No. 9 — May 20, 2019
With Bloom Approaching, Remember Petiole Sampling
Grape growers that have vineyards just coming into fruit production often have questions about vineyard nutrient management. The questions often have to do with the when and why they should monitor the nutrient status of the vines. Tissue analyses or petiole sampling is normally undertaken for two reasons; routine nutrient status evaluation and to diagnose an observed suspected nutrient deficiency.
The routine assessment of the vines nutritional status should be done at a specific phenological stage. These phenological stages are full flowering and veraison. Full flowering can be defined as when 70% of the caps have been shed, whereas veraison is the onset of rapid fruit maturation, where visually a distinct color change is occurring. This color change is obviously more distinct in red varietals than white varietals. In white varietals, the color change often is from a dull green to a lighter transparent yellow.
The goal of routine nutrient assessment is to gauge the response of the vines to nutrient additions or determine the vine’s nutrient needs. The overall objective is to maintain the nutrient balance to produce high quality grapes by applying only nutrients that are needed, thereby saving money and also protecting the environment.
Petioles are collected from different locations on the shoot depending on the sampling period — full flowering or veraison. At full flowering you select leaves that are opposite of the flower clusters. Whereas at veraison, the 6th or 7th leaf from the shoot tip, which is the most recently fully expanded mature leaf is selected. Avoid collecting leaves from laterals. Once a leaf is collected, break the petiole (leaf stem) away from the leaf blade and discard the leaf blade. You will need to collect 60 to 100 petioles for a sample. These petioles should come from 25 to 50 different vines, but be of the same variety, rootstock, and soil type. If your vineyard has variable soil types, divide your vineyard into blocks and petiole sample each block.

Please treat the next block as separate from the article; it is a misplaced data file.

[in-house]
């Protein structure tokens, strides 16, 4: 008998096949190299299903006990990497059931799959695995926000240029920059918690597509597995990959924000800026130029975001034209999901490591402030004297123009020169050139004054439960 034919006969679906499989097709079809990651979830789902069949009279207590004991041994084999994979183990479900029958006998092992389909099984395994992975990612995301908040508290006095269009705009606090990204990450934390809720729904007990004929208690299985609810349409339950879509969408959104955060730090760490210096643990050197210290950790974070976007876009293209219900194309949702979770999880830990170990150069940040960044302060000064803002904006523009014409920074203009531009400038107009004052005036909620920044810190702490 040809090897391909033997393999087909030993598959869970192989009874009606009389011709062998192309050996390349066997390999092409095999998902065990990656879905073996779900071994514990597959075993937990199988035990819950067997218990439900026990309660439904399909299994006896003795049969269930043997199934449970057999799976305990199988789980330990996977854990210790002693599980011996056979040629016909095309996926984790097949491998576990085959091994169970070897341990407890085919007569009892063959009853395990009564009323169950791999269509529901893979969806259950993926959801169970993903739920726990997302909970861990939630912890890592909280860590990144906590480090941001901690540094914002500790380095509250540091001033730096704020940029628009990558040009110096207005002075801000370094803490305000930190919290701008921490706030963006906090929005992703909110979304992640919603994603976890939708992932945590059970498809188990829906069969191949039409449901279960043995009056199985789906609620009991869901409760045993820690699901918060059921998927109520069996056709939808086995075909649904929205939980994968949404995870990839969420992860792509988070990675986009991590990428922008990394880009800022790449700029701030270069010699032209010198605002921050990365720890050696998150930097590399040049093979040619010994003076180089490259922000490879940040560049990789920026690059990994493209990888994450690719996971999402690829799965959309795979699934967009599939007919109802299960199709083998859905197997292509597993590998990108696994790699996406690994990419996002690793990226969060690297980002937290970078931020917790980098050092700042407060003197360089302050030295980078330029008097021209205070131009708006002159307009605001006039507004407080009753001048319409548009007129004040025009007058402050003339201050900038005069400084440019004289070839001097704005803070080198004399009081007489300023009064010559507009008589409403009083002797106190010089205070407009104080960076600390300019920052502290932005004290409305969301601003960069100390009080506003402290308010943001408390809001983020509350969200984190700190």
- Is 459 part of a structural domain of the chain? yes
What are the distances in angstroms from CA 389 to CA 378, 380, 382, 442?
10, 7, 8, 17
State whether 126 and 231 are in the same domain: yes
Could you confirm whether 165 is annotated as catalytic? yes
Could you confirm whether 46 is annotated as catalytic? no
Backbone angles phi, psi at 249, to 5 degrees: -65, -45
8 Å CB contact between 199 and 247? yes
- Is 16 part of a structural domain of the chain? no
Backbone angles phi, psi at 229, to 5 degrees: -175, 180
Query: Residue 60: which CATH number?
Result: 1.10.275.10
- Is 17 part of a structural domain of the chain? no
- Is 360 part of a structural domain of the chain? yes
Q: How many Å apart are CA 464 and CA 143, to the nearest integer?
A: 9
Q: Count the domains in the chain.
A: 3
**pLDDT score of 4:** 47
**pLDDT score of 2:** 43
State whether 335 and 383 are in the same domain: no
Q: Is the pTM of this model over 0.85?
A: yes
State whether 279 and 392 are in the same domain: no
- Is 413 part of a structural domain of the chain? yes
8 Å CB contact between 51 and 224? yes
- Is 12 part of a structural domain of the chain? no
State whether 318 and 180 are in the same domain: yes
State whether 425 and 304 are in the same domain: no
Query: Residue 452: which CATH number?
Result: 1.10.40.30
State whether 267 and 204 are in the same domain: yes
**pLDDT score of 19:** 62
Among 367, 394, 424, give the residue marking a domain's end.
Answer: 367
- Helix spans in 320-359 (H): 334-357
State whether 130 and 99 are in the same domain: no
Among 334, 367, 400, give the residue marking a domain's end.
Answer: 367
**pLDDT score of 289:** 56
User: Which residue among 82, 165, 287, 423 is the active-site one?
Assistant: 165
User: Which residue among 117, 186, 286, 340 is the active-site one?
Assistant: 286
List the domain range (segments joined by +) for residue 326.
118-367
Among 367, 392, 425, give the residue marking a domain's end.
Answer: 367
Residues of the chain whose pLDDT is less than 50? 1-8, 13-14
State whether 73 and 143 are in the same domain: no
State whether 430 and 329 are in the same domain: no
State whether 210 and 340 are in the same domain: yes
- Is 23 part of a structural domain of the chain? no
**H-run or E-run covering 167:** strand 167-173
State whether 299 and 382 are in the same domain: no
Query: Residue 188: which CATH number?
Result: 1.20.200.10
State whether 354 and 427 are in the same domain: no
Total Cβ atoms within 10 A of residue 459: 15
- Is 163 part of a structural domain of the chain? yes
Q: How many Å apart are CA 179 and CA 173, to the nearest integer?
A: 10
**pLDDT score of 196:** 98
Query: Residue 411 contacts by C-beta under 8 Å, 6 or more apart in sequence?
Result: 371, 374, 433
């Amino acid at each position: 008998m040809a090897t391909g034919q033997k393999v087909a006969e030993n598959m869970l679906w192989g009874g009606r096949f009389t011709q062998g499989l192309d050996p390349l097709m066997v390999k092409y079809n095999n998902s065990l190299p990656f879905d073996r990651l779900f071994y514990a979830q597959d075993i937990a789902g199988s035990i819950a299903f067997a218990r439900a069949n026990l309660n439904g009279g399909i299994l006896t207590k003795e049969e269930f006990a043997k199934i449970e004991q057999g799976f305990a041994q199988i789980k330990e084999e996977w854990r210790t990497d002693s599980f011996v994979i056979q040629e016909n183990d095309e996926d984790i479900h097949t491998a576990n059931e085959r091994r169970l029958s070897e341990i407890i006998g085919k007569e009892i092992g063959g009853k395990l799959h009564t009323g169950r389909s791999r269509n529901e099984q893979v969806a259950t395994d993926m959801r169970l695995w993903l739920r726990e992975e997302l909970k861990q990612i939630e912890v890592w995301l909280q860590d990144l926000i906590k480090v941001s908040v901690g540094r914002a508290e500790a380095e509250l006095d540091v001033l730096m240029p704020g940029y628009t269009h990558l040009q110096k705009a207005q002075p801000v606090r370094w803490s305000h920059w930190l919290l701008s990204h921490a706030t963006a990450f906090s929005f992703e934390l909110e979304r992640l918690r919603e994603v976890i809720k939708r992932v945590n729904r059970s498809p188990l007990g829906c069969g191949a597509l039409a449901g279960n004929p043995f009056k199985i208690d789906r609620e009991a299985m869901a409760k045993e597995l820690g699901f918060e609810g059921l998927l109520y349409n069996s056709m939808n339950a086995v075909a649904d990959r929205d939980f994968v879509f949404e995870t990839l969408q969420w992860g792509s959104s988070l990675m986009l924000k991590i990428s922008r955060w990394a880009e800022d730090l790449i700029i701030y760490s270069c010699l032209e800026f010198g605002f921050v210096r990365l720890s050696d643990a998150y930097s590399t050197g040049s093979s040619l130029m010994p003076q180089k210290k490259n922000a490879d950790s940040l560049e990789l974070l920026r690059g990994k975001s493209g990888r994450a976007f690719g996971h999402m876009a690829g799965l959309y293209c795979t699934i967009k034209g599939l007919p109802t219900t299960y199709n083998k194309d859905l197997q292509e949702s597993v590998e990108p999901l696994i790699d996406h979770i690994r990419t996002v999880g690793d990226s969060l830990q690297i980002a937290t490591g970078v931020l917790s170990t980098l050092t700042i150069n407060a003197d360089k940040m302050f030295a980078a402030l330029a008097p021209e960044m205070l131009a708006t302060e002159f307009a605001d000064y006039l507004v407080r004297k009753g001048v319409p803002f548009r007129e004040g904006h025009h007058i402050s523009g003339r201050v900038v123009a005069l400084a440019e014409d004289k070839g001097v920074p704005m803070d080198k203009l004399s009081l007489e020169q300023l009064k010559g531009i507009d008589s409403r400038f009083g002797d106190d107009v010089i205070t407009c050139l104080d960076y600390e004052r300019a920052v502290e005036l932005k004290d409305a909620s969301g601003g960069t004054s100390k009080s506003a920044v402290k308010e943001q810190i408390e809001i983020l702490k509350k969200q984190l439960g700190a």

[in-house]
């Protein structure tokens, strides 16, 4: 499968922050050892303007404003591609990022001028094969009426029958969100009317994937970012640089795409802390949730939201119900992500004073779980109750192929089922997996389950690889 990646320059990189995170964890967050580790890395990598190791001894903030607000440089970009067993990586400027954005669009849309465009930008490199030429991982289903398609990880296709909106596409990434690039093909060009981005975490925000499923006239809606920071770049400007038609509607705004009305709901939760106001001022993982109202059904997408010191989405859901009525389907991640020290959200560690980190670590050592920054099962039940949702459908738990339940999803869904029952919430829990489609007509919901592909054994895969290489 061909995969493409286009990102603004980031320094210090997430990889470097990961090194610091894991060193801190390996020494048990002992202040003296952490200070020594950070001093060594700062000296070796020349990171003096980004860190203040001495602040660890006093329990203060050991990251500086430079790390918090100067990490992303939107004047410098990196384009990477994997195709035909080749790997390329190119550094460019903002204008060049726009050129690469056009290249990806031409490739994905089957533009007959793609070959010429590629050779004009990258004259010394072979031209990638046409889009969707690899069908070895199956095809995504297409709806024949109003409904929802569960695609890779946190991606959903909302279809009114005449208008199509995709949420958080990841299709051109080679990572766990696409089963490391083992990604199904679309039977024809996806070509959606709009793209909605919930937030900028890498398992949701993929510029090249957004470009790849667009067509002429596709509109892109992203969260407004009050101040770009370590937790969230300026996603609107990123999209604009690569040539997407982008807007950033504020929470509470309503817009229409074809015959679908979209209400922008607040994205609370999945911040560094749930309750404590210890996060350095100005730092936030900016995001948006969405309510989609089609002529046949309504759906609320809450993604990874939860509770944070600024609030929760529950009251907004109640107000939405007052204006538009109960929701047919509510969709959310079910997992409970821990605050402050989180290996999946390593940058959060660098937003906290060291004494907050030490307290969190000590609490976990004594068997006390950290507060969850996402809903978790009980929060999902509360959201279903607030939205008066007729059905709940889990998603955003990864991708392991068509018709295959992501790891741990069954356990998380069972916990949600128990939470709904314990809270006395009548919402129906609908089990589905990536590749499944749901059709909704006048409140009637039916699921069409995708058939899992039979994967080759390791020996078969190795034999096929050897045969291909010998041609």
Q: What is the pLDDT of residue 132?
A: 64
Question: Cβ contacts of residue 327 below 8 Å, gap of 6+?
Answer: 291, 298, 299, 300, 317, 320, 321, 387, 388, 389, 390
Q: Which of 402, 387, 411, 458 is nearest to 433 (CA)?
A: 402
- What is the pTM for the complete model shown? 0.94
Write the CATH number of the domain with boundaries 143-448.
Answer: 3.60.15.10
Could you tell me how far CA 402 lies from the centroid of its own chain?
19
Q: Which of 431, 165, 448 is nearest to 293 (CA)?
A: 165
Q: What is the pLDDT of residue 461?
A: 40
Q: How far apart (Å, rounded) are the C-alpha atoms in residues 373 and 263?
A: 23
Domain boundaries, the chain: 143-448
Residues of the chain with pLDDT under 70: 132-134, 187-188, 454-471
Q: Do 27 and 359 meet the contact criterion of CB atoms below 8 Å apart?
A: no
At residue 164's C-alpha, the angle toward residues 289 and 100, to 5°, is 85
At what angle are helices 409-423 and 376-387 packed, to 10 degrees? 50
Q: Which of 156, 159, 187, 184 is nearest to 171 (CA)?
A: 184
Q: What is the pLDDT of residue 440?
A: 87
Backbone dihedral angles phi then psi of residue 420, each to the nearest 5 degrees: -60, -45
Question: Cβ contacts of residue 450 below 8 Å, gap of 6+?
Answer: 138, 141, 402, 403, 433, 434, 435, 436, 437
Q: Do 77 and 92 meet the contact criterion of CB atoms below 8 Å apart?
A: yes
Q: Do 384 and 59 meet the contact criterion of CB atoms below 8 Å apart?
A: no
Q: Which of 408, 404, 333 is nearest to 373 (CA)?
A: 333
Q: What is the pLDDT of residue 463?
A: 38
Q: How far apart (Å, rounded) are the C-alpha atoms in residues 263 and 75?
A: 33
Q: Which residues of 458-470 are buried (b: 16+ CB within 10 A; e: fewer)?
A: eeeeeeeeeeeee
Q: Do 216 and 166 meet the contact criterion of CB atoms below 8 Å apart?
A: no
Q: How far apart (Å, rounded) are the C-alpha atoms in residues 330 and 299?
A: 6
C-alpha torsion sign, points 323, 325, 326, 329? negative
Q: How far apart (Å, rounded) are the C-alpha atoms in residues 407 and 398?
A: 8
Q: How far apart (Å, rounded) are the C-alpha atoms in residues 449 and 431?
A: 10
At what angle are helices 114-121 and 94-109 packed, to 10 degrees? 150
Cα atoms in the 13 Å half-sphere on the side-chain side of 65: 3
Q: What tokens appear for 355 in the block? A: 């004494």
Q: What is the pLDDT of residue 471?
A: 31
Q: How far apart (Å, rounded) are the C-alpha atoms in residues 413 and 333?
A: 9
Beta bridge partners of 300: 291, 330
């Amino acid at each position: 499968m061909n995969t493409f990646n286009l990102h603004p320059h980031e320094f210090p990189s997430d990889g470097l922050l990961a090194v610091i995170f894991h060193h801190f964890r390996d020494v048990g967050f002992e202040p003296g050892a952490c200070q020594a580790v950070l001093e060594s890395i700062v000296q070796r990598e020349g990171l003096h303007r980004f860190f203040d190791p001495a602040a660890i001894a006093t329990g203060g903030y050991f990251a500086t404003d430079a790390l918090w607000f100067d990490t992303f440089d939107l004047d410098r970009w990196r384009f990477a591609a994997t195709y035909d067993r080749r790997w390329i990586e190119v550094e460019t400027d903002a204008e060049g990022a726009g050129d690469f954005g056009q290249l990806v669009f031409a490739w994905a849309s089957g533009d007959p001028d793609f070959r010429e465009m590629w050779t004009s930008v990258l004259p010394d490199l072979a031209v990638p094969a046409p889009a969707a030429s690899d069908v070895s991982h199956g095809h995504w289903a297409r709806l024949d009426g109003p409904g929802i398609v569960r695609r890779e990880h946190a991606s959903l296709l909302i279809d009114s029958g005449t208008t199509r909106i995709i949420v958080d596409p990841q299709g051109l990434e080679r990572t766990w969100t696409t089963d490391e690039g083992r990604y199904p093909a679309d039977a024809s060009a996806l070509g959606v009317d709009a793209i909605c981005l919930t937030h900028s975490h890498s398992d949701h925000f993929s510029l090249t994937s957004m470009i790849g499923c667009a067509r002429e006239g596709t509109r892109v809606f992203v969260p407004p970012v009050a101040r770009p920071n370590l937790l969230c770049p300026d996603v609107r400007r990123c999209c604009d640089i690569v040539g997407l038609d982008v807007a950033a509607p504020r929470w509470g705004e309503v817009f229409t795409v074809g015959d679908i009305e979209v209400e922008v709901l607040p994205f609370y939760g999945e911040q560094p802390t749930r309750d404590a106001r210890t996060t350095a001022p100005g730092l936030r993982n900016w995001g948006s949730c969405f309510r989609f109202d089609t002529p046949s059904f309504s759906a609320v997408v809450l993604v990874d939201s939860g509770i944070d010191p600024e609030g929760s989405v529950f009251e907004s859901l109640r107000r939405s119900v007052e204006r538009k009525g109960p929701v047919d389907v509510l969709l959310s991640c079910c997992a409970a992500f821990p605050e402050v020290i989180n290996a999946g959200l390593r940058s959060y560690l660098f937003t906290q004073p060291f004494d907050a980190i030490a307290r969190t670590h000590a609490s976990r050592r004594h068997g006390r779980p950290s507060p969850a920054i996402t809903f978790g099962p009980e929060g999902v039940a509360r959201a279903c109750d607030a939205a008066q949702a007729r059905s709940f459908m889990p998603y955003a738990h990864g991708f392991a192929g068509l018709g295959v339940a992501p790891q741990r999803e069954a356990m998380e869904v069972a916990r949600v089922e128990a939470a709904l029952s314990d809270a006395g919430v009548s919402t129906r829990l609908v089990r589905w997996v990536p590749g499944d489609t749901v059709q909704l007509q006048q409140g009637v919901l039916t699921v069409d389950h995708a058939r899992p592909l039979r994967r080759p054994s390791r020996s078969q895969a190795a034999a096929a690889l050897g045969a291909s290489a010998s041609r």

In the case of trying to diagnose a suspected nutrient imbalance in a vine(s), you may only be able to select leaf samples from one or a few vines. Select leaves that are showing the suspected deficiency, but do not collect petioles from leaves that are insect, disease, or mechanically damaged. In addition to this sample, also collect petioles from the same variety that is not showing the deficiency. Send in both samples to be analyzed. You will then have results to compare from a healthy vine(s) and those vine(s) showing a deficiency.
Petioles should be stored in a paper bag to allow the petioles to dry. Petiole samples can be dropped off at University of Missouri County Extension Centers and will be analyzed by the University of Missouri Soil Testing and Plant Diagnostic Services.